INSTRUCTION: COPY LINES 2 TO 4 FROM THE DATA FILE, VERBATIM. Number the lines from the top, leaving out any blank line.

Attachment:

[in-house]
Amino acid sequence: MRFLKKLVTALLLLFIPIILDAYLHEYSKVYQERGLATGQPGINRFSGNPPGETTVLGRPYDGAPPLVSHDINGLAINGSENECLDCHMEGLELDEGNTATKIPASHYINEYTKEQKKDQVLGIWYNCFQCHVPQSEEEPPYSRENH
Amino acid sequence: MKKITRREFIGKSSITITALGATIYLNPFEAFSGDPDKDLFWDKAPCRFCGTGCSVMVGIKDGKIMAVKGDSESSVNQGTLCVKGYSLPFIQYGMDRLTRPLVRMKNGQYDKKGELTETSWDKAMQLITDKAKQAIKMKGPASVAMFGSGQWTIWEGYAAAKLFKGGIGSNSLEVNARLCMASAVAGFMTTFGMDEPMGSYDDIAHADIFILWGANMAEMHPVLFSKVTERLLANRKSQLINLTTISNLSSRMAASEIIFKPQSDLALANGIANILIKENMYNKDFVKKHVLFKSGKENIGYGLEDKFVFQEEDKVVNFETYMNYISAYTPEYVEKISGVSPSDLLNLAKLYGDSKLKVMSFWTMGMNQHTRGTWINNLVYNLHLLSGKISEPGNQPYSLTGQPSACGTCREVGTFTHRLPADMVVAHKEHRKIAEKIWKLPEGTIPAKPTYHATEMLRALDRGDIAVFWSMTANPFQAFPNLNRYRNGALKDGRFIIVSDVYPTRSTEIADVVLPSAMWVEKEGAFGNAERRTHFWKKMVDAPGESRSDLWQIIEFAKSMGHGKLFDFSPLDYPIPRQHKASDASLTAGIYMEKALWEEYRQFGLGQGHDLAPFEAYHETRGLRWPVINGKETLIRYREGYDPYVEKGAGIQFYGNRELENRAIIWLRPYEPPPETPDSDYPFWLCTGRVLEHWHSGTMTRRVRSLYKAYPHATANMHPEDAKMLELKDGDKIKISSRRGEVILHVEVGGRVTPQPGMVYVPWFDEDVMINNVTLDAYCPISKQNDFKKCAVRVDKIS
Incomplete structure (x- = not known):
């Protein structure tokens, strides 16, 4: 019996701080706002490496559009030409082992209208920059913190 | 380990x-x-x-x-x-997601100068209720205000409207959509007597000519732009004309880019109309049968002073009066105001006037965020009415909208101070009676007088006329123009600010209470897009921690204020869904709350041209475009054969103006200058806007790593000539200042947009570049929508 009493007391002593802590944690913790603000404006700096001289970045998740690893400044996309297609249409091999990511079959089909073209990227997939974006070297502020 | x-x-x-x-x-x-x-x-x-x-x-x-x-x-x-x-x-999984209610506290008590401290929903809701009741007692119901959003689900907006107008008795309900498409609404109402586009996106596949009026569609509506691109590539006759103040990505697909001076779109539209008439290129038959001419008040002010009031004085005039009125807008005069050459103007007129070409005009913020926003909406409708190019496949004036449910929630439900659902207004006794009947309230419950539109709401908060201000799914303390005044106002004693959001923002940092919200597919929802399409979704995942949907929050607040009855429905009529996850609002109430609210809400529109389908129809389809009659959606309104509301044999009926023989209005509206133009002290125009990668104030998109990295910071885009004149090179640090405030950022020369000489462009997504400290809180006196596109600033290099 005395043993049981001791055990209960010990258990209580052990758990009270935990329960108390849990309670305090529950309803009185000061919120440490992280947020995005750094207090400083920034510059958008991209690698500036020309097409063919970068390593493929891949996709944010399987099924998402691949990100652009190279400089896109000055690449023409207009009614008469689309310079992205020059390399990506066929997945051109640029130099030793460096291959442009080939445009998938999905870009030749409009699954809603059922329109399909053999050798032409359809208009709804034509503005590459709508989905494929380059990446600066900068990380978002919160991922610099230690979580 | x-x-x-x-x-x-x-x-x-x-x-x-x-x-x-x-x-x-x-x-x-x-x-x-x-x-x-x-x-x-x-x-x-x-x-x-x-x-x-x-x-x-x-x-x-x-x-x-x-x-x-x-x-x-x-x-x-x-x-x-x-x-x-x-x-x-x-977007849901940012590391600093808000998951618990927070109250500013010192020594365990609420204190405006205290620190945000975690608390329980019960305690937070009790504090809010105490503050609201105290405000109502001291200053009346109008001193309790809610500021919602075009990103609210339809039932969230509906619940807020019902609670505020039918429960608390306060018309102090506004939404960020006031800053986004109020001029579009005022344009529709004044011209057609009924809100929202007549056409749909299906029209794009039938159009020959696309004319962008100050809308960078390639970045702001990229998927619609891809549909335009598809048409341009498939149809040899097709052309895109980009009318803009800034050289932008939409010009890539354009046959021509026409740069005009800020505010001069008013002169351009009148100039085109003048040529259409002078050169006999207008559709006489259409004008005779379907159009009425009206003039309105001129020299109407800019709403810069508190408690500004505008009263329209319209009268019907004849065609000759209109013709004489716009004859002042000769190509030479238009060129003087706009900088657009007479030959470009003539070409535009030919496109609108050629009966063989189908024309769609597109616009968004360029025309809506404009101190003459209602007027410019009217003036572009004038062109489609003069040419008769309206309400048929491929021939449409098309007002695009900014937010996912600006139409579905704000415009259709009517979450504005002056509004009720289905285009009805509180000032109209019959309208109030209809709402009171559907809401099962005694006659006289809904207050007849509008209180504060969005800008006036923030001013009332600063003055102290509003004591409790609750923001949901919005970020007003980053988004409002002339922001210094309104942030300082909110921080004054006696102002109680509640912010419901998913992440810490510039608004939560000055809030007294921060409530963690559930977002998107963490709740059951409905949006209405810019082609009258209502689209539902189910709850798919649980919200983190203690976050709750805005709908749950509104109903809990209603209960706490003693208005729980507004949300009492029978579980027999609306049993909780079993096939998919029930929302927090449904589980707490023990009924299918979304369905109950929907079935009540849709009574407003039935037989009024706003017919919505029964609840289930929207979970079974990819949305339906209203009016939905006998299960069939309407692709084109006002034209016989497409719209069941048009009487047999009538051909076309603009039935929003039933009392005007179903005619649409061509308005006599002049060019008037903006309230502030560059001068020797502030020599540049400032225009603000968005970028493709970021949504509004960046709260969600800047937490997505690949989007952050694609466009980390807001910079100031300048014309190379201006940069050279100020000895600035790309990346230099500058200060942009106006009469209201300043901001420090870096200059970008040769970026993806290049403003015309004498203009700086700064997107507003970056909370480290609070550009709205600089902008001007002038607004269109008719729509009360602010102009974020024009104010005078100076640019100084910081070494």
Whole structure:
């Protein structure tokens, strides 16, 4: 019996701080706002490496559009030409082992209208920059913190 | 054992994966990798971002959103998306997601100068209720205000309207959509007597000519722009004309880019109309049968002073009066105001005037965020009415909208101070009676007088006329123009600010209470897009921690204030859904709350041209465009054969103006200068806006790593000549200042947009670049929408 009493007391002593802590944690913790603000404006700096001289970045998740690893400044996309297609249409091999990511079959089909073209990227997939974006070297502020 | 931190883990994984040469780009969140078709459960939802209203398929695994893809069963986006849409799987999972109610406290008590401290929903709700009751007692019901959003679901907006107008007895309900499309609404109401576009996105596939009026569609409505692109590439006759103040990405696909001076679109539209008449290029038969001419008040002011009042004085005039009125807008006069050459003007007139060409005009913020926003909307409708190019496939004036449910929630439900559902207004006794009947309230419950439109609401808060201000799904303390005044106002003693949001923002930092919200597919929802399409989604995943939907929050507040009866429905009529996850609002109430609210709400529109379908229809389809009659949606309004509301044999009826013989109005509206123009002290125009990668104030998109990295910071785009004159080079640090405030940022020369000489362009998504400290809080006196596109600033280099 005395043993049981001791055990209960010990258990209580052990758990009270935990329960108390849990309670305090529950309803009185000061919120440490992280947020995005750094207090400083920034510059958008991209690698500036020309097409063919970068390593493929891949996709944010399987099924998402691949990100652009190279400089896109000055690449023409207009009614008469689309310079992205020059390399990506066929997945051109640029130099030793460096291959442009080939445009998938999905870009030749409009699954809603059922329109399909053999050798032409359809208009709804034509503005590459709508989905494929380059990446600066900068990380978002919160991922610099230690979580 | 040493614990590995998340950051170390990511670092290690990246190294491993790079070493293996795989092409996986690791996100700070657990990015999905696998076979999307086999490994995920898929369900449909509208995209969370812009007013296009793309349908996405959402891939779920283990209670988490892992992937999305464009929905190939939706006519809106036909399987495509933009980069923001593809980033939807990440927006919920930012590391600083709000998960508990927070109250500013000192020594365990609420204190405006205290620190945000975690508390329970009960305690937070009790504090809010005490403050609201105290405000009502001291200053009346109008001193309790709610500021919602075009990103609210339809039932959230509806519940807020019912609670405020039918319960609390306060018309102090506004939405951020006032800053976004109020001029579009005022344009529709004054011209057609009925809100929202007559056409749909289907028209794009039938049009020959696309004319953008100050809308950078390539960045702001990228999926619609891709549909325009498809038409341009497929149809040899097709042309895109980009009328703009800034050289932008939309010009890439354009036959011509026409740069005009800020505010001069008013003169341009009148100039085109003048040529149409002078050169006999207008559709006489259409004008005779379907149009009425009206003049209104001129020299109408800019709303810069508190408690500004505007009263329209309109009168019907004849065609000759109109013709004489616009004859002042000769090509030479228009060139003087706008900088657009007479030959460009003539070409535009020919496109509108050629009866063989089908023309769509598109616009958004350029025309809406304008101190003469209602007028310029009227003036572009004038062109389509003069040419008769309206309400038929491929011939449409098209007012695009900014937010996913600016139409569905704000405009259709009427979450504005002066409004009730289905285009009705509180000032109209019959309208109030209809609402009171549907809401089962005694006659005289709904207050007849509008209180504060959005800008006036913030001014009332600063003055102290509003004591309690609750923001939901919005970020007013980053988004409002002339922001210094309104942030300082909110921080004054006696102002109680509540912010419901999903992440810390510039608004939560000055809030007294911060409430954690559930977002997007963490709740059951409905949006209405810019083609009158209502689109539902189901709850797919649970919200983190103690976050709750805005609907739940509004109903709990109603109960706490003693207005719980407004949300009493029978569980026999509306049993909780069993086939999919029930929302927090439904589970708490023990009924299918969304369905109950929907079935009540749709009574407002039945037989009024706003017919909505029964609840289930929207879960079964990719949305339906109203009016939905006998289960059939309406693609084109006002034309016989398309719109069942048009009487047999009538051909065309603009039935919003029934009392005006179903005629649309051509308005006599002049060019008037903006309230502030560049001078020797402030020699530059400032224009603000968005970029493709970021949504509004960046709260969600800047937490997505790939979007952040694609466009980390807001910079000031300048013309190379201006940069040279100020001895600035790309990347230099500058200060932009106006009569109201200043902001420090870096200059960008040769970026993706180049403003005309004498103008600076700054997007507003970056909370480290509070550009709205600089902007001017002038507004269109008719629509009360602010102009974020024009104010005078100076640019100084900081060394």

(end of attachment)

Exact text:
Amino acid sequence: MRFLKKLVTALLLLFIPIILDAYLHEYSKVYQERGLATGQPGINRFSGNPPGETTVLGRPYDGAPPLVSHDINGLAINGSENECLDCHMEGLELDEGNTATKIPASHYINEYTKEQKKDQVLGIWYNCFQCHVPQSEEEPPYSRENH
Amino acid sequence: MKKITRREFIGKSSITITALGATIYLNPFEAFSGDPDKDLFWDKAPCRFCGTGCSVMVGIKDGKIMAVKGDSESSVNQGTLCVKGYSLPFIQYGMDRLTRPLVRMKNGQYDKKGELTETSWDKAMQLITDKAKQAIKMKGPASVAMFGSGQWTIWEGYAAAKLFKGGIGSNSLEVNARLCMASAVAGFMTTFGMDEPMGSYDDIAHADIFILWGANMAEMHPVLFSKVTERLLANRKSQLINLTTISNLSSRMAASEIIFKPQSDLALANGIANILIKENMYNKDFVKKHVLFKSGKENIGYGLEDKFVFQEEDKVVNFETYMNYISAYTPEYVEKISGVSPSDLLNLAKLYGDSKLKVMSFWTMGMNQHTRGTWINNLVYNLHLLSGKISEPGNQPYSLTGQPSACGTCREVGTFTHRLPADMVVAHKEHRKIAEKIWKLPEGTIPAKPTYHATEMLRALDRGDIAVFWSMTANPFQAFPNLNRYRNGALKDGRFIIVSDVYPTRSTEIADVVLPSAMWVEKEGAFGNAERRTHFWKKMVDAPGESRSDLWQIIEFAKSMGHGKLFDFSPLDYPIPRQHKASDASLTAGIYMEKALWEEYRQFGLGQGHDLAPFEAYHETRGLRWPVINGKETLIRYREGYDPYVEKGAGIQFYGNRELENRAIIWLRPYEPPPETPDSDYPFWLCTGRVLEHWHSGTMTRRVRSLYKAYPHATANMHPEDAKMLELKDGDKIKISSRRGEVILHVEVGGRVTPQPGMVYVPWFDEDVMINNVTLDAYCPISKQNDFKKCAVRVDKIS
Incomplete structure (x- = not known):